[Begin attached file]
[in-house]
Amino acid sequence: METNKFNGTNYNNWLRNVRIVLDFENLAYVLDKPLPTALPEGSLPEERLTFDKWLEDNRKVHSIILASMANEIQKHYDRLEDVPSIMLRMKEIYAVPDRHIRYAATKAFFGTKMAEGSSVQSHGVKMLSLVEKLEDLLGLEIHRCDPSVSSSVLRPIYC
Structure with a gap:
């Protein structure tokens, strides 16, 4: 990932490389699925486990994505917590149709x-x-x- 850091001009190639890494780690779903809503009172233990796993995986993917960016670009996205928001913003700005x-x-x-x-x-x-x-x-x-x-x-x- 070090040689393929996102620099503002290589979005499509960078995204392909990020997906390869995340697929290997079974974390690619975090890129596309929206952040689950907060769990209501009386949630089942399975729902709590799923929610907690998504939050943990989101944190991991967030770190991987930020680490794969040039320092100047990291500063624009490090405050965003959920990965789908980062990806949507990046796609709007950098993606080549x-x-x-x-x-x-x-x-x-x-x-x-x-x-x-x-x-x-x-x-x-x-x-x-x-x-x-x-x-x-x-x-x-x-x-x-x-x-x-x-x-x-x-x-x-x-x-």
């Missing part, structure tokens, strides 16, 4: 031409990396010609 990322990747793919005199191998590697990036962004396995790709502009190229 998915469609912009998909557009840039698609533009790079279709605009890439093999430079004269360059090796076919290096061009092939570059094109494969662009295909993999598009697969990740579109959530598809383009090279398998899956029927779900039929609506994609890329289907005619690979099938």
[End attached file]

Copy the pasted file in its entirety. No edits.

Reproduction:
[in-house]
Amino acid sequence: METNKFNGTNYNNWLRNVRIVLDFENLAYVLDKPLPTALPEGSLPEERLTFDKWLEDNRKVHSIILASMANEIQKHYDRLEDVPSIMLRMKEIYAVPDRHIRYAATKAFFGTKMAEGSSVQSHGVKMLSLVEKLEDLLGLEIHRCDPSVSSSVLRPIYC
Structure with a gap:
């Protein structure tokens, strides 16, 4: 990932490389699925486990994505917590149709x-x-x- 850091001009190639890494780690779903809503009172233990796993995986993917960016670009996205928001913003700005x-x-x-x-x-x-x-x-x-x-x-x- 070090040689393929996102620099503002290589979005499509960078995204392909990020997906390869995340697929290997079974974390690619975090890129596309929206952040689950907060769990209501009386949630089942399975729902709590799923929610907690998504939050943990989101944190991991967030770190991987930020680490794969040039320092100047990291500063624009490090405050965003959920990965789908980062990806949507990046796609709007950098993606080549x-x-x-x-x-x-x-x-x-x-x-x-x-x-x-x-x-x-x-x-x-x-x-x-x-x-x-x-x-x-x-x-x-x-x-x-x-x-x-x-x-x-x-x-x-x-x-």
């Missing part, structure tokens, strides 16, 4: 031409990396010609 990322990747793919005199191998590697990036962004396995790709502009190229 998915469609912009998909557009840039698609533009790079279709605009890439093999430079004269360059090796076919290096061009092939570059094109494969662009295909993999598009697969990740579109959530598809383009090279398998899956029927779900039929609506994609890329289907005619690979099938």